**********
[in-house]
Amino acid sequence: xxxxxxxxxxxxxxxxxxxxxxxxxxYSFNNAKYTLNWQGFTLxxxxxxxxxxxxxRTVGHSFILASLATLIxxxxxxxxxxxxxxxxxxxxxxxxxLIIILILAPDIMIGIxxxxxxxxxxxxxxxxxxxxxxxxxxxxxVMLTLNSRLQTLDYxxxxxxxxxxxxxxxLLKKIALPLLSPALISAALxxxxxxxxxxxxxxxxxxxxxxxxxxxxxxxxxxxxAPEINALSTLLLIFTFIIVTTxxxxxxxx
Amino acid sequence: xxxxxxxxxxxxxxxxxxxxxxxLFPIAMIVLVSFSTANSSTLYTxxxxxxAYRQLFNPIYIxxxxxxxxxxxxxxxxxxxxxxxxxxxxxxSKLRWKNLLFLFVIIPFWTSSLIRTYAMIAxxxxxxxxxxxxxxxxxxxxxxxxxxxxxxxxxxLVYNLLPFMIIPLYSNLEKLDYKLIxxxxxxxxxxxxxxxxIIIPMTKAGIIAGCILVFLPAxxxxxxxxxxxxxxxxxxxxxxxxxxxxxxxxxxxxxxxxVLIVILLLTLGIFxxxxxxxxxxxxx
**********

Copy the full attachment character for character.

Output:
[in-house]
Amino acid sequence: xxxxxxxxxxxxxxxxxxxxxxxxxxYSFNNAKYTLNWQGFTLxxxxxxxxxxxxxRTVGHSFILASLATLIxxxxxxxxxxxxxxxxxxxxxxxxxLIIILILAPDIMIGIxxxxxxxxxxxxxxxxxxxxxxxxxxxxxVMLTLNSRLQTLDYxxxxxxxxxxxxxxxLLKKIALPLLSPALISAALxxxxxxxxxxxxxxxxxxxxxxxxxxxxxxxxxxxxAPEINALSTLLLIFTFIIVTTxxxxxxxx
Amino acid sequence: xxxxxxxxxxxxxxxxxxxxxxxLFPIAMIVLVSFSTANSSTLYTxxxxxxAYRQLFNPIYIxxxxxxxxxxxxxxxxxxxxxxxxxxxxxxSKLRWKNLLFLFVIIPFWTSSLIRTYAMIAxxxxxxxxxxxxxxxxxxxxxxxxxxxxxxxxxxLVYNLLPFMIIPLYSNLEKLDYKLIxxxxxxxxxxxxxxxxIIIPMTKAGIIAGCILVFLPAxxxxxxxxxxxxxxxxxxxxxxxxxxxxxxxxxxxxxxxxVLIVILLLTLGIFxxxxxxxxxxxxx